Beppu, Japan

Torii Gate
Torii Gate, Hells of Beppu

Beppu is located on Kyushu’s northeast coast.  The city has a population of about 130,000.  It is one of the world’s most geothermally active regions.  Each day millions of gallons of near boiling water gush out of springs and are harnessed by resorts and pools.  Beppu is one of Japan’s most popular onsen (hot springs) resorts.

Beppu, Japan
Geothermal Steam

We rode the Shinkansen, Nozomi 11 from Tokyo and connected with the Sonic 29 to get to Beppu.  The Sonic Limited Express was a very colorful and comfortable train (although nothing can compare with the Nozomi).  Food for sale is offered on carts pushed through the cars by attendants.  The attendants will bow as they enter and leave the car.

On the Sonic we had a beautiful and graceful attendant who would bow as a stalk bending in a gentle breeze.

Sonic
Sonic

We stayed at a ryokan called Miyukiya, an old fashioned Japanese style inn with traditional atmosphere and appearance.  It is easily accessed from the Beppu train station by the #10 & 20 buses (¥ 240).

Miyukiya
Miyukiya

Ryokan Customs

You take off your shoes at the entry of the ryokan and put on a pair of slippers which you wear until you reach the entry area of your room.  There you remove them before you step on the tatami mats.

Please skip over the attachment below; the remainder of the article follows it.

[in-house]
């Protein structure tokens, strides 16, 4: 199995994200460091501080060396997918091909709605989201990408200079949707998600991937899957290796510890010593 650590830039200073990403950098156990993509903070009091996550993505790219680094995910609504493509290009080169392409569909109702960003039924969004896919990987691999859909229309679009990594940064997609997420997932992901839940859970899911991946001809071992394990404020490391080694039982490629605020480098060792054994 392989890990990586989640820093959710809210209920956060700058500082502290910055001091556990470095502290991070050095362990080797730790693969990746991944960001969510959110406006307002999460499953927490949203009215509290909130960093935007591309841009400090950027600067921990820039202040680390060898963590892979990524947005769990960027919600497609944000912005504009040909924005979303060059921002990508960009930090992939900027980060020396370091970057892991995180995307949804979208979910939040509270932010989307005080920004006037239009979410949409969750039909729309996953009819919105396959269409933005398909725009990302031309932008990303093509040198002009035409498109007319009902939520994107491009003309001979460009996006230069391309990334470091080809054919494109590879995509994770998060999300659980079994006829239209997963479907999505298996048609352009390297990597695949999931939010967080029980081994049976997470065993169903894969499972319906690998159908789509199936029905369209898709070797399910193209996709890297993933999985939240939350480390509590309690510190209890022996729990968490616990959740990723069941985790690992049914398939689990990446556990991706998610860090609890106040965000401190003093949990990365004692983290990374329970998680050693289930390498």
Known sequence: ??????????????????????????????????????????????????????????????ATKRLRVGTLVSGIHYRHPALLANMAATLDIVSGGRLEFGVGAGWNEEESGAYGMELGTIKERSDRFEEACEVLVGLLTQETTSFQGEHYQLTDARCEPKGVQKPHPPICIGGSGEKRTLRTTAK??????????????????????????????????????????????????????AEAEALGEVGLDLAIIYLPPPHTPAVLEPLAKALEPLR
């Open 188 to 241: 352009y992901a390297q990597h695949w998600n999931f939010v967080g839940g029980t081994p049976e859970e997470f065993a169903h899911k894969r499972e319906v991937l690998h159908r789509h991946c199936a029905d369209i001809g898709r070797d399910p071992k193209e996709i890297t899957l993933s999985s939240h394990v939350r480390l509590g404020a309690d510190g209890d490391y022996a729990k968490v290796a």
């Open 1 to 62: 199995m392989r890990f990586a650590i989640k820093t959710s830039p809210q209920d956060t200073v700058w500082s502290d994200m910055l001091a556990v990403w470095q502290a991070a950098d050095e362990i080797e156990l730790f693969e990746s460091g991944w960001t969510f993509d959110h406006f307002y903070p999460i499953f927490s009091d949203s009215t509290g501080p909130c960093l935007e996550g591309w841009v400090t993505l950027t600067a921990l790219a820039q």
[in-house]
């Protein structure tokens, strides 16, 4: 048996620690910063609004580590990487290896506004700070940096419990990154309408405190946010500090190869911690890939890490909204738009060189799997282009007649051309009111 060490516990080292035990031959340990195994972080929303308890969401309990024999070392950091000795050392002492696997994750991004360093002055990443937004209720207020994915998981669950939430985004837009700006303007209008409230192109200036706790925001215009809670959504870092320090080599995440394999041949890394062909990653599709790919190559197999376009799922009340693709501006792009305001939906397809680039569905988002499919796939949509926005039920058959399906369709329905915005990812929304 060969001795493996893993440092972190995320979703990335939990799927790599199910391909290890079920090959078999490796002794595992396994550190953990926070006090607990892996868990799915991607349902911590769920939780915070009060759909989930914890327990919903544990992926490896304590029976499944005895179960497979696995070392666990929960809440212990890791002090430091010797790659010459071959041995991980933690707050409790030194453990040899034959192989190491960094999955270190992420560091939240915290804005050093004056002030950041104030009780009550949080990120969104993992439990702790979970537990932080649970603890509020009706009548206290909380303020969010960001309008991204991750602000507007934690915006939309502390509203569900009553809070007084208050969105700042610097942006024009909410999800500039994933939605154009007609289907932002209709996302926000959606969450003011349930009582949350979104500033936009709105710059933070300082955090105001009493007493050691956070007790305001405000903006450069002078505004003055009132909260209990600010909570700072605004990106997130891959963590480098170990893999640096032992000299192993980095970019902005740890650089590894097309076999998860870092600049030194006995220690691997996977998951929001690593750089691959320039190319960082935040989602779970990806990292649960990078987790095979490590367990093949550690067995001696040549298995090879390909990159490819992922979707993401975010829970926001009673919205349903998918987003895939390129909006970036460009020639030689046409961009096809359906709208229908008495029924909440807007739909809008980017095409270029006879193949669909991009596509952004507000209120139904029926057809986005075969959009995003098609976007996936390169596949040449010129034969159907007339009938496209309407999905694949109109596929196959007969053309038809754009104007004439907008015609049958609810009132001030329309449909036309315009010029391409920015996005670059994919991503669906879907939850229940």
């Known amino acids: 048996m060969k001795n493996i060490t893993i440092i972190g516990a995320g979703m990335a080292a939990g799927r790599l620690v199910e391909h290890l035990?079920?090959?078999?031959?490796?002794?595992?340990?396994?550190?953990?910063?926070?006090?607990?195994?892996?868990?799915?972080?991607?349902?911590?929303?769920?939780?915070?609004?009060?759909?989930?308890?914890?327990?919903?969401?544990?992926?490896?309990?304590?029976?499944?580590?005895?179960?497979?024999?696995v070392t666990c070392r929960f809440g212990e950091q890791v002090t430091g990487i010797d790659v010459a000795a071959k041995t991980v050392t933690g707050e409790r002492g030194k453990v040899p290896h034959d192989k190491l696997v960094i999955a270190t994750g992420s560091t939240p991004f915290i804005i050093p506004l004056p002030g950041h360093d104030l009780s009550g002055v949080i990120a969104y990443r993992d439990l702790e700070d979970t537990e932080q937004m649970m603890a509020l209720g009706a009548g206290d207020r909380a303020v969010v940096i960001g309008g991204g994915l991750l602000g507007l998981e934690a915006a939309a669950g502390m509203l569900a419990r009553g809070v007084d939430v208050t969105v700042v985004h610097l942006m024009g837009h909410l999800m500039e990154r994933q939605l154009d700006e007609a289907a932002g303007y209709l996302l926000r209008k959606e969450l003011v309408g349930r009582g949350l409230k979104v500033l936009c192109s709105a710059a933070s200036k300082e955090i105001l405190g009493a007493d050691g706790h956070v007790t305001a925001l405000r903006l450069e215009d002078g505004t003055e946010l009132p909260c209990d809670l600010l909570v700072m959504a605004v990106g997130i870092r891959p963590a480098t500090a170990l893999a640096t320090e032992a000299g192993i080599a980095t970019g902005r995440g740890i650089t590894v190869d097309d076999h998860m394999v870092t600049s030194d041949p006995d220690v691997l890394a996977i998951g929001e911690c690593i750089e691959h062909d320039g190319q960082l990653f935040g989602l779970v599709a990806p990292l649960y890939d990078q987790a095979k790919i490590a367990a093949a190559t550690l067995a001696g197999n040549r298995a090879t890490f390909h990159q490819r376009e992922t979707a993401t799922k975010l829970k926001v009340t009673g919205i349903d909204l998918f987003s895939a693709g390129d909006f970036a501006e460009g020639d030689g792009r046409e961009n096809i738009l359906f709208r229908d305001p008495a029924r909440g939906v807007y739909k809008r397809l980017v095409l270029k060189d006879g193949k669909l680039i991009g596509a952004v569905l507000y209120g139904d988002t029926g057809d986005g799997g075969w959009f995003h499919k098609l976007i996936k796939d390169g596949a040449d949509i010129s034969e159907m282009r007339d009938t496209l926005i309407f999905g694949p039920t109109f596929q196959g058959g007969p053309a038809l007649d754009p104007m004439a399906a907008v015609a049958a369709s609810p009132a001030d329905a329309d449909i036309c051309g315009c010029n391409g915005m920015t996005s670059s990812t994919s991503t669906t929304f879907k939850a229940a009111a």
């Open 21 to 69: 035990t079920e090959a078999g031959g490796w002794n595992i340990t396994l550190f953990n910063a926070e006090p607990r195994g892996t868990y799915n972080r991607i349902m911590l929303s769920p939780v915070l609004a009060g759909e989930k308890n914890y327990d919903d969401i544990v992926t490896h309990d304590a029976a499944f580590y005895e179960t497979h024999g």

Hot green tea was always available in our room.

The hospitality at Miyukiya made it a memorable stop on our travels.  Our gracious hosts are shown below.  They spoke about as much English as we spoke Japanese, but we managed to communicate quite well.

Hostess

Breakfast and dinner at Miyukiya are something you would expect at a 5 star restaurant.  We ate many things we had never seen or recognized as edible–lots of heads and raw things.  Fish and vegetables were large parts of the meals.  When I was unsure about what something was or how to eat it, communicating through gestures, our hostess would graciously show me how and tell me the Japanese name for it.  Everything served was delicious, and I felt healthier than ever.

A typical meal

After dinner we would enjoy a traditional Japanese bath and a soak in Miyukiya’s geothermally heated pond.

Our ryokan was just a 10 minute walk (moving very slowly) from 7 of the 9 jigoku or hells.  These are areas that spew sulphurous mud and form steaming lakes of various hues.  For ¥ 2000 you can buy a ticket that gives entry to 9 of the jigoku.  Each has something different.  In some the main attraction is animals in hell (like too many zoos animals spend their lives in a concrete cell).

Hell Ticket

Beppu Utamaro Gallery

Among its many attractions Beppu is home to the Beppu Utamaro Gallery or sex museum.  They have many examples of ukiyo-e and ancient sculpture.  Unfortunately for us, due to it all being in kanji we don’t know just how ancient.

The museum is tended by two mild mannered old ladies offering a case full of  dildos, costume uniforms and naughty videos for sale.

2 comments

  1. Japan is one of my favorite places to visit. Though I’ve been there several times, I yet have to stay in ryokan and try an onsen. The thought of a steaming hot bath is something I have to get accustomed to 🙂 The meal in this picture, by the way, looks SO good!

    Like

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